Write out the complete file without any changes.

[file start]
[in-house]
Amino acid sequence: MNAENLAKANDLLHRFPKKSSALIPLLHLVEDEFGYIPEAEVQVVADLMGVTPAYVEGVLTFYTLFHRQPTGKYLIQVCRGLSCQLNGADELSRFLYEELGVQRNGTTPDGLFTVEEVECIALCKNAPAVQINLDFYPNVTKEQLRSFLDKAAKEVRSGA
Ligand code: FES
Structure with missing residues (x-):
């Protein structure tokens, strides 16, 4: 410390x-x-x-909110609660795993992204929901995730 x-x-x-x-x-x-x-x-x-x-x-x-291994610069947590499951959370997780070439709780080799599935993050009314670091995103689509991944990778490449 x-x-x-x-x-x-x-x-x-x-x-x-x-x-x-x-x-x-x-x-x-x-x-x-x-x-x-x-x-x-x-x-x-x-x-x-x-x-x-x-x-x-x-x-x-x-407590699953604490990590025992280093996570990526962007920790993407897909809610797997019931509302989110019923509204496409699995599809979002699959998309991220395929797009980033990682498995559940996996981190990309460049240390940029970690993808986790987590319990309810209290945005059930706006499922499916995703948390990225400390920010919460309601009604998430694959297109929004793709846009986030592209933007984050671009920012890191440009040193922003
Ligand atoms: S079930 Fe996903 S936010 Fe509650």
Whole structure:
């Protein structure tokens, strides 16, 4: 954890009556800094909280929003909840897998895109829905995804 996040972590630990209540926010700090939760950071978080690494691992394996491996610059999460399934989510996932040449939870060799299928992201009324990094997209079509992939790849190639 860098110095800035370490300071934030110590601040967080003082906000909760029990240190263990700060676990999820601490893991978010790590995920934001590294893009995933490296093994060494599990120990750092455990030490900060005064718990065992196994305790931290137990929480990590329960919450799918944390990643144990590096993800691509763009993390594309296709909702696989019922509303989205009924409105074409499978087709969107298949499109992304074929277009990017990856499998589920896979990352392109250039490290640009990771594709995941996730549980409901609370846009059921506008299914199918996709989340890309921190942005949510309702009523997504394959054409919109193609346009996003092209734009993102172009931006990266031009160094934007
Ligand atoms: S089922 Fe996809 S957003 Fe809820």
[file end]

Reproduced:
[in-house]
Amino acid sequence: MNAENLAKANDLLHRFPKKSSALIPLLHLVEDEFGYIPEAEVQVVADLMGVTPAYVEGVLTFYTLFHRQPTGKYLIQVCRGLSCQLNGADELSRFLYEELGVQRNGTTPDGLFTVEEVECIALCKNAPAVQINLDFYPNVTKEQLRSFLDKAAKEVRSGA
Ligand code: FES
Structure with missing residues (x-):
């Protein structure tokens, strides 16, 4: 410390x-x-x-909110609660795993992204929901995730 x-x-x-x-x-x-x-x-x-x-x-x-291994610069947590499951959370997780070439709780080799599935993050009314670091995103689509991944990778490449 x-x-x-x-x-x-x-x-x-x-x-x-x-x-x-x-x-x-x-x-x-x-x-x-x-x-x-x-x-x-x-x-x-x-x-x-x-x-x-x-x-x-x-x-x-x-407590699953604490990590025992280093996570990526962007920790993407897909809610797997019931509302989110019923509204496409699995599809979002699959998309991220395929797009980033990682498995559940996996981190990309460049240390940029970690993808986790987590319990309810209290945005059930706006499922499916995703948390990225400390920010919460309601009604998430694959297109929004793709846009986030592209933007984050671009920012890191440009040193922003
Ligand atoms: S079930 Fe996903 S936010 Fe509650």
Whole structure:
């Protein structure tokens, strides 16, 4: 954890009556800094909280929003909840897998895109829905995804 996040972590630990209540926010700090939760950071978080690494691992394996491996610059999460399934989510996932040449939870060799299928992201009324990094997209079509992939790849190639 860098110095800035370490300071934030110590601040967080003082906000909760029990240190263990700060676990999820601490893991978010790590995920934001590294893009995933490296093994060494599990120990750092455990030490900060005064718990065992196994305790931290137990929480990590329960919450799918944390990643144990590096993800691509763009993390594309296709909702696989019922509303989205009924409105074409499978087709969107298949499109992304074929277009990017990856499998589920896979990352392109250039490290640009990771594709995941996730549980409901609370846009059921506008299914199918996709989340890309921190942005949510309702009523997504394959054409919109193609346009996003092209734009993102172009931006990266031009160094934007
Ligand atoms: S089922 Fe996809 S957003 Fe809820």